Vikings' $975M stadium bill passed, but team must pay bigger share
The Minnesota House passed the Vikings' stadium bill with a 73-58 vote
Lawmakers raised the share the Vikings would have to pay for the stadium
The state would pay about $398 million and Minneapolis will kick in $150M
ST. PAUL, Minn. (AP) -- The Minnesota Vikings took a giant step Monday night toward a new taxpayer-subsidized football stadium when the state House approved legislation, but lawmakers upped the share the team would have to pay.
On a 73-58 vote, the $975 million stadium plan remained alive. The state Senate was to vote Tuesday on a competing plan, moving the Vikings closer than ever to a replacement for the aging Metrodome.
Democratic Gov. Mark Dayton hailed the vote by thanking fans who have flooded lawmaker phone lines, email inboxes and the Capitol itself to push for passage. Several stood outside the House chamber singing the team fight song after the vote.
"The voices of the people of Minnesota were heard tonight," Dayton said.
Vikings vice president Lester Bagley, who has spent about a decade trying to get the team to this stage, also breathed a sigh of relief. But he said franchise owners will find it tough to stomach an amendment that would put the team on the hook for $105 million more.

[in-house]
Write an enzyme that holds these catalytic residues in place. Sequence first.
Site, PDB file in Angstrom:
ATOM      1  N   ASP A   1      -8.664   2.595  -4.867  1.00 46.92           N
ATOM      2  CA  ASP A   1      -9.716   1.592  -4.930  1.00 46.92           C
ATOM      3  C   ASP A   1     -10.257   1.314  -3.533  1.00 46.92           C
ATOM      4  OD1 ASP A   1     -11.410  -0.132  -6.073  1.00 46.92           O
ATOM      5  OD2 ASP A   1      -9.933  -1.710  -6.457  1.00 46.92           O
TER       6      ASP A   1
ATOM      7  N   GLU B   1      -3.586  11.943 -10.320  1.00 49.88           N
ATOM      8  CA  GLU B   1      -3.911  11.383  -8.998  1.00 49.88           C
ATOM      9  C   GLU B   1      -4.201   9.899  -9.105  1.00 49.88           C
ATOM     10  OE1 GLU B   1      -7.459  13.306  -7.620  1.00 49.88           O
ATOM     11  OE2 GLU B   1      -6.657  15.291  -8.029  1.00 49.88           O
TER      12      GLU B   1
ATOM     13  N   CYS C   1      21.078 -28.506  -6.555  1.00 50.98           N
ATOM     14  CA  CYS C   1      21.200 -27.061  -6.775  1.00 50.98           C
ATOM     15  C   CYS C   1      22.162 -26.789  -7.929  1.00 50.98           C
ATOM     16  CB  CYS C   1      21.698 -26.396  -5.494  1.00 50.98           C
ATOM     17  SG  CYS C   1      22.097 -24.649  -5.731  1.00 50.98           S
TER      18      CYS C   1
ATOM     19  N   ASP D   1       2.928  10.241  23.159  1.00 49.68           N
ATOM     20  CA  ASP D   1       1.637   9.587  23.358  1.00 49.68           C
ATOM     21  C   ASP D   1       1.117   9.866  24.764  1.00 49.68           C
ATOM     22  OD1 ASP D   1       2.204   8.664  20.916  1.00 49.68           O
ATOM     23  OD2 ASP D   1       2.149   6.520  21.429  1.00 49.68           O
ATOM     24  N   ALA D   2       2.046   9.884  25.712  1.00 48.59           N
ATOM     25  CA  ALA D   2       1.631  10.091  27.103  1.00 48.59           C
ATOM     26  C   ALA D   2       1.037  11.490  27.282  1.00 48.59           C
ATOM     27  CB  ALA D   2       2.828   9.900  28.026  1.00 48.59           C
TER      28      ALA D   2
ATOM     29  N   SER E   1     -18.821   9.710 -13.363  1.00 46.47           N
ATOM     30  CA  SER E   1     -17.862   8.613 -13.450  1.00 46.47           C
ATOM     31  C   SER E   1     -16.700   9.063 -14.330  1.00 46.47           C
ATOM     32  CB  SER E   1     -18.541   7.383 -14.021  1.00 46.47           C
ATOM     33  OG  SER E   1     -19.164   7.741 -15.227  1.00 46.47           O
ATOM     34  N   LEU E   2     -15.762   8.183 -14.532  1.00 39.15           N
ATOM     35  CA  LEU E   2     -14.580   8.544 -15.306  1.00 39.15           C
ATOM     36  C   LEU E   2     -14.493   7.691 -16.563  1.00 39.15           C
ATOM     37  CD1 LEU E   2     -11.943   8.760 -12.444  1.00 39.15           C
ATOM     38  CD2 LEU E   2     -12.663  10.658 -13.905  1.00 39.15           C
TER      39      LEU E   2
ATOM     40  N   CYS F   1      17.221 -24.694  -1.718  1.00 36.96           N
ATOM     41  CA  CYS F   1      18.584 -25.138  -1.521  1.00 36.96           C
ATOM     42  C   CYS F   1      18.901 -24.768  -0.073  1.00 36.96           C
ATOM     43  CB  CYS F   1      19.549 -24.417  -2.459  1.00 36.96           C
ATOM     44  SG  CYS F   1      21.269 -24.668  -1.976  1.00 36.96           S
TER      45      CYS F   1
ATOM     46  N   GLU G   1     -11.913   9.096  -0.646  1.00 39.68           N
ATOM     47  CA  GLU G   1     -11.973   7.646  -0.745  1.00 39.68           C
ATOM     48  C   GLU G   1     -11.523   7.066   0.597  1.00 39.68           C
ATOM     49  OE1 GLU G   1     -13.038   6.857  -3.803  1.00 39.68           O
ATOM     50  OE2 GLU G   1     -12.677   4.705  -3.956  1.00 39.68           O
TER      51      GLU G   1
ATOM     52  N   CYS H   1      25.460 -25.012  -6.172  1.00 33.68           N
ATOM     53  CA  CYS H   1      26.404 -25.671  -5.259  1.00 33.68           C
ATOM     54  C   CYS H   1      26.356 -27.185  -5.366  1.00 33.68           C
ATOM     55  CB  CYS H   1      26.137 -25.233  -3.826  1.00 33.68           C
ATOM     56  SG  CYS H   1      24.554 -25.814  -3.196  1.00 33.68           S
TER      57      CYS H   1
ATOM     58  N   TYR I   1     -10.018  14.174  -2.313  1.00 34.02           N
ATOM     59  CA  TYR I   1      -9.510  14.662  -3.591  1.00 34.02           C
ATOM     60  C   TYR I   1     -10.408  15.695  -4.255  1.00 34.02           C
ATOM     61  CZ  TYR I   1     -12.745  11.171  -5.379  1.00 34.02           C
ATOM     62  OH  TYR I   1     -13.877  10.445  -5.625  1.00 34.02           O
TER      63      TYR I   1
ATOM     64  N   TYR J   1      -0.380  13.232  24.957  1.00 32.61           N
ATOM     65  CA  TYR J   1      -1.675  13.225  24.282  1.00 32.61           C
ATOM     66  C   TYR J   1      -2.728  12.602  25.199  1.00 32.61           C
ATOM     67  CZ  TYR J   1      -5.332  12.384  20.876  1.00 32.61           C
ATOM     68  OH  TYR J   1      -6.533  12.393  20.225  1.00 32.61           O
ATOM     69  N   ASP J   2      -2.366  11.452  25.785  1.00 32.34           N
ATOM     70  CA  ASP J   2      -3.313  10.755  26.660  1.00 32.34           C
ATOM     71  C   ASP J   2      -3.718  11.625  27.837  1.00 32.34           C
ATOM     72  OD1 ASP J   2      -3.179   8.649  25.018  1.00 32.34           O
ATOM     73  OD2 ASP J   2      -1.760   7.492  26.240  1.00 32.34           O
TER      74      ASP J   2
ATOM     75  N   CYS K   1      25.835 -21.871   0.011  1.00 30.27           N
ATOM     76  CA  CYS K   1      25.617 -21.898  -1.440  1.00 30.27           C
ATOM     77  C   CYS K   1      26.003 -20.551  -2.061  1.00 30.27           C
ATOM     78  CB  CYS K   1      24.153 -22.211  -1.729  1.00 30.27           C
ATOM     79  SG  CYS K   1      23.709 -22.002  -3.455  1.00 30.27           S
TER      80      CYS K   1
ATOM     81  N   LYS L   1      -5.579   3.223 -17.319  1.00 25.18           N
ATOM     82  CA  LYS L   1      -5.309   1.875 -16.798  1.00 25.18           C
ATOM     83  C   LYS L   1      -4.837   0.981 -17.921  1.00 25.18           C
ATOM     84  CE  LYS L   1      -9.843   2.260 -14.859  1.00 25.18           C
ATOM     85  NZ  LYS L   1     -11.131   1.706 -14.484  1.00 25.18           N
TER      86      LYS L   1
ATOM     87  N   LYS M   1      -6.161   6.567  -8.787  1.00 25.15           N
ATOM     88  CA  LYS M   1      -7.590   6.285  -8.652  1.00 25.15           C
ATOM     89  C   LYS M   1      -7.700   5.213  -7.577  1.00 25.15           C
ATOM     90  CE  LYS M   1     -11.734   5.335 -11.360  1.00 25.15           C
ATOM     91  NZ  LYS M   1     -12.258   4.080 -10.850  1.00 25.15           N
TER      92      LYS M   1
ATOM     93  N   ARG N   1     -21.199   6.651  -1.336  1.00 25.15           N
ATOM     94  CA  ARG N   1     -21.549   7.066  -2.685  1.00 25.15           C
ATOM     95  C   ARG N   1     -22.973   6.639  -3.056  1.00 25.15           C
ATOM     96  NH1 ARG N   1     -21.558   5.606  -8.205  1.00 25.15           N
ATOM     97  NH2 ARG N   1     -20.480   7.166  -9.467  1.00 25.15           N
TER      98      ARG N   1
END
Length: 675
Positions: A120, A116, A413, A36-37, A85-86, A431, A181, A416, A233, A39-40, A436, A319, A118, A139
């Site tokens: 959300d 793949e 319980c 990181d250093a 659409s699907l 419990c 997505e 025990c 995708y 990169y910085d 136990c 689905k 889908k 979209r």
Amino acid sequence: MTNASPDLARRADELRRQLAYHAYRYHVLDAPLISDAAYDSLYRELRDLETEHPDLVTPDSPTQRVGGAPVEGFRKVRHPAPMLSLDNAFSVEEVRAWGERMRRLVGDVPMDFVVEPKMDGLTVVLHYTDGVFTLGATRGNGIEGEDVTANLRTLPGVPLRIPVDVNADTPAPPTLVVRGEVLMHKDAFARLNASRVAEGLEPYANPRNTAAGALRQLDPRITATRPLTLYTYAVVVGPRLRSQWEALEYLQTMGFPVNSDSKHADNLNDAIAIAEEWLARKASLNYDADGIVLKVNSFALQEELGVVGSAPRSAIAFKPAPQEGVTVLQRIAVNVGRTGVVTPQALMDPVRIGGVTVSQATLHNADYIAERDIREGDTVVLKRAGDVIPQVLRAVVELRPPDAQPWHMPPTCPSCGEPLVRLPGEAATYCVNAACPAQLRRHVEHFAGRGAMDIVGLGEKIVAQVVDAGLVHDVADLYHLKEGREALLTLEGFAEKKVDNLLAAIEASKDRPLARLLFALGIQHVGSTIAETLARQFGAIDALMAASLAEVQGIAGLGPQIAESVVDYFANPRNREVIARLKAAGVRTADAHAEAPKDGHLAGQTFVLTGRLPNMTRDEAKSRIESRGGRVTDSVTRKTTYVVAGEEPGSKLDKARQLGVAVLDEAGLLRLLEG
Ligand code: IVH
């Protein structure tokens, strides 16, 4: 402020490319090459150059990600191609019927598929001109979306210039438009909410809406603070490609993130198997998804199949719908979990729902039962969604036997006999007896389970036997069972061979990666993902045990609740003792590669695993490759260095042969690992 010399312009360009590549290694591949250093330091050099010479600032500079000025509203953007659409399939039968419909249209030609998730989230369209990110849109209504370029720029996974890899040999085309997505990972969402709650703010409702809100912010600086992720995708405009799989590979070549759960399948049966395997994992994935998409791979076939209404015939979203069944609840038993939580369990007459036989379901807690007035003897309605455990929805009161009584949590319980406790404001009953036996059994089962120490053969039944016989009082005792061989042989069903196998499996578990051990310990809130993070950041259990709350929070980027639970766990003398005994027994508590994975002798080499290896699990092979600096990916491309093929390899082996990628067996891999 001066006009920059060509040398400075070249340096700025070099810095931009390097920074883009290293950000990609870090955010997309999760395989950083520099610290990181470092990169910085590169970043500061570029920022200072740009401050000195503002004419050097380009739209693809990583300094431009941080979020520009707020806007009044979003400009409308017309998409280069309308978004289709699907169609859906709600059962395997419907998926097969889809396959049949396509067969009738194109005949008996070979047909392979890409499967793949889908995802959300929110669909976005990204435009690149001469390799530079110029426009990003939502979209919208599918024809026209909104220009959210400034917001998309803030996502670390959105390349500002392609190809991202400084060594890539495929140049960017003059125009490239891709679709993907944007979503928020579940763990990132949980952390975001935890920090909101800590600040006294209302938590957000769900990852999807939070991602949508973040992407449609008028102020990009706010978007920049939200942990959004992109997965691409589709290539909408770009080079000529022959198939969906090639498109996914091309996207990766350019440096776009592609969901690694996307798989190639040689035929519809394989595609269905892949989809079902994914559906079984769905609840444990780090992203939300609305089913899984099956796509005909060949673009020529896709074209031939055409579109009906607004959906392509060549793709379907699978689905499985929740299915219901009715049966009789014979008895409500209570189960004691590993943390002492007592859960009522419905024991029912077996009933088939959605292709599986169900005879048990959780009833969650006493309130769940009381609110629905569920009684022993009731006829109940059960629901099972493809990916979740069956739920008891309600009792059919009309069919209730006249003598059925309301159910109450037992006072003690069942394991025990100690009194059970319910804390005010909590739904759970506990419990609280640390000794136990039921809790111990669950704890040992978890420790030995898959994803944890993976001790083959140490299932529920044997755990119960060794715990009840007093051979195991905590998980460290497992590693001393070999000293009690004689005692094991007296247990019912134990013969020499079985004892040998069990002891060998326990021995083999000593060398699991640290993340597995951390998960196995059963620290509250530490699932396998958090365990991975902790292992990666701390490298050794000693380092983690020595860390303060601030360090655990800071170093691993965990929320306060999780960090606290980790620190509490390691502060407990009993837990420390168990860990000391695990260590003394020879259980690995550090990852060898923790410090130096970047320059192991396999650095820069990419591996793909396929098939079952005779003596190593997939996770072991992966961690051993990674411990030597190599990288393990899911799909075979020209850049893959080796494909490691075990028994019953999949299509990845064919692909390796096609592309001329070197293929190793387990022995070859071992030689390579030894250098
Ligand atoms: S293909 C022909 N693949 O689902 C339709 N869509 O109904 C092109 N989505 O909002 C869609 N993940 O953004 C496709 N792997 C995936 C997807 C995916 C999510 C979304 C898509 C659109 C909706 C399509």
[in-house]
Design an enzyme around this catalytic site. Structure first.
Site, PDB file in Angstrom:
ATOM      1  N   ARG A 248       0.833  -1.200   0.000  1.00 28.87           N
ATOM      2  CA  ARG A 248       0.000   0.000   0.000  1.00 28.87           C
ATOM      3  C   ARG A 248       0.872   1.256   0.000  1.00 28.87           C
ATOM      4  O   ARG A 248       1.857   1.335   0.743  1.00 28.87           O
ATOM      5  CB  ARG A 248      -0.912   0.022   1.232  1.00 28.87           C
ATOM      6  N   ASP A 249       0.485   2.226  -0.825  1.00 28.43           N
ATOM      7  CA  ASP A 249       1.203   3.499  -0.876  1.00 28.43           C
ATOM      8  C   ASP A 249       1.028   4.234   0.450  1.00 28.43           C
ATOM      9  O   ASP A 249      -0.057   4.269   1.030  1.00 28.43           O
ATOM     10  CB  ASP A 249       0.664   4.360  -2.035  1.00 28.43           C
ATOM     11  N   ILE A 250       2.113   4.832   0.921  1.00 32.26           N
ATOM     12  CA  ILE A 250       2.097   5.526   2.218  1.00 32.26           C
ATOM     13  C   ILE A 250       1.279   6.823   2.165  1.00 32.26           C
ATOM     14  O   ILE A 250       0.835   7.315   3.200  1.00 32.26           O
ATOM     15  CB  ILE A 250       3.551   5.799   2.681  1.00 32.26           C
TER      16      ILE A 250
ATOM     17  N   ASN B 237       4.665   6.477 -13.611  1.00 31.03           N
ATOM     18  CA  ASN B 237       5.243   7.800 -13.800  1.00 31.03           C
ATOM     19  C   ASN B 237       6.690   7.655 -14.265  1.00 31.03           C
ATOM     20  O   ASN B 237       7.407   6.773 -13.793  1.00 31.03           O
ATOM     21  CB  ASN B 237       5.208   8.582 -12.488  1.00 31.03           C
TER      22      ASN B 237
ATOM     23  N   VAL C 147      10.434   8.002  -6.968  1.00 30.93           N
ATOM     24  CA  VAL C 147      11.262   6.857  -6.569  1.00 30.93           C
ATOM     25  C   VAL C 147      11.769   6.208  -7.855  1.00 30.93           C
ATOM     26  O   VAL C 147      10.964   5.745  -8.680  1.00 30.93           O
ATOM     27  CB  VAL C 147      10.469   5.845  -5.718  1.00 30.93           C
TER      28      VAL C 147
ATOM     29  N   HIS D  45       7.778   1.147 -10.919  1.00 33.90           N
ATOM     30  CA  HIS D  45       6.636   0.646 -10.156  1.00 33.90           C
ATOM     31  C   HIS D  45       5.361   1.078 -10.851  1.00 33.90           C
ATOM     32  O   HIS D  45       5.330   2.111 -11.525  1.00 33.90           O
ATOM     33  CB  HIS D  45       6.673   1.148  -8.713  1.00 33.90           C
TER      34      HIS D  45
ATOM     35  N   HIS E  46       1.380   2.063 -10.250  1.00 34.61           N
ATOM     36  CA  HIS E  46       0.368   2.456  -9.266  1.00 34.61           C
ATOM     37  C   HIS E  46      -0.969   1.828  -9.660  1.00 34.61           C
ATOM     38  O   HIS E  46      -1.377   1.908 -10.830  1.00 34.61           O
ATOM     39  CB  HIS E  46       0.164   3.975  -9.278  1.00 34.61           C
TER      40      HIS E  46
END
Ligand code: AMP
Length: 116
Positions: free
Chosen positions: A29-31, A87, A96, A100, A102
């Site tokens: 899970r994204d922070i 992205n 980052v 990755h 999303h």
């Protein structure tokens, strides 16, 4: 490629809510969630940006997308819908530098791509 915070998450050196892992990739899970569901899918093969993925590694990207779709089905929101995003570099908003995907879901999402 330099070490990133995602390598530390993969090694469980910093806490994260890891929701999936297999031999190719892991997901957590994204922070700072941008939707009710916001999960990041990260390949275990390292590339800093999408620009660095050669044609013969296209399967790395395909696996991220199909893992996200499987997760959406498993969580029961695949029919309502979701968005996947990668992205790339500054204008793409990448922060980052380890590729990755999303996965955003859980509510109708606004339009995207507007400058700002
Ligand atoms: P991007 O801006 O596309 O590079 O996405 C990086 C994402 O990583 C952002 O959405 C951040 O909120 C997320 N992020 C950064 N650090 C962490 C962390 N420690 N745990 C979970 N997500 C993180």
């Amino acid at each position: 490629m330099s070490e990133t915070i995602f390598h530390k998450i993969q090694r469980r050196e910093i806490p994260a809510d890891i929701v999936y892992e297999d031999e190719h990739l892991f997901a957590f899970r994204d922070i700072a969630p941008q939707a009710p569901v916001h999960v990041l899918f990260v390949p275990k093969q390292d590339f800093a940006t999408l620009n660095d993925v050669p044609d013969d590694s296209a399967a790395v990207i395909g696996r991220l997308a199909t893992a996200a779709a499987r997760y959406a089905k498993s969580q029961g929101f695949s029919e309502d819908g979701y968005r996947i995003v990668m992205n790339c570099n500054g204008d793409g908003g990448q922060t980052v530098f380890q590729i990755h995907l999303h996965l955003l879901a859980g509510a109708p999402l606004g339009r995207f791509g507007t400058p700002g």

"There's time to work on it and get it fixed," Bagley said. "I don't want to take away from the moment. It was a great day."
Early in a nine-hour debate, the House overhauled the proposal to boost the team's share from the $427 million owners have committed to find from private sources, including the NFL. It was among almost four dozen amendments considered, with relatively few controversial ones succeeding.
Toward the end of debate, House members rose one after another to defend their intention to back or oppose the bill.
Rep. Larry Hosch, DFL-St. Joseph, made it personal. He told of being born during a Vikings game, with his dad having to break away from an overtime game to ferry his mom to the hospital. Hosch said he can't fathom not having Sunday games to share with his own kids.
"It might not make sense in dollars and cents," Hosch said, adding, "I can't imagine a state without the Vikings."
Others urged their colleagues not to let nostalgia cloud their decisions on a massive public subsidy.
"Let's not build a monument to misplaced priorities," said Rep. Doug Wardlow, a freshman Republican.
Many who were against it raised concerns that the gambling money needed to repay bonds wouldn't materialize, putting taxpayers on the hook.
"It's like purchasing a house and hoping you can make the payments," said Republican Rep. Mary Franson. "We are building a stadium and we are hoping we can make the payments."
Discussion on the House floor was overshadowed at times by the chants of Vikings boosters rallying in the rotunda outside. Dayton and Vikings players, including quarterback Christian Ponder, fired up purple-clad fans, who chanted, "Build it!"
Ponder drew cheers when he said, "I want to be here in Minnesota for the rest of my life."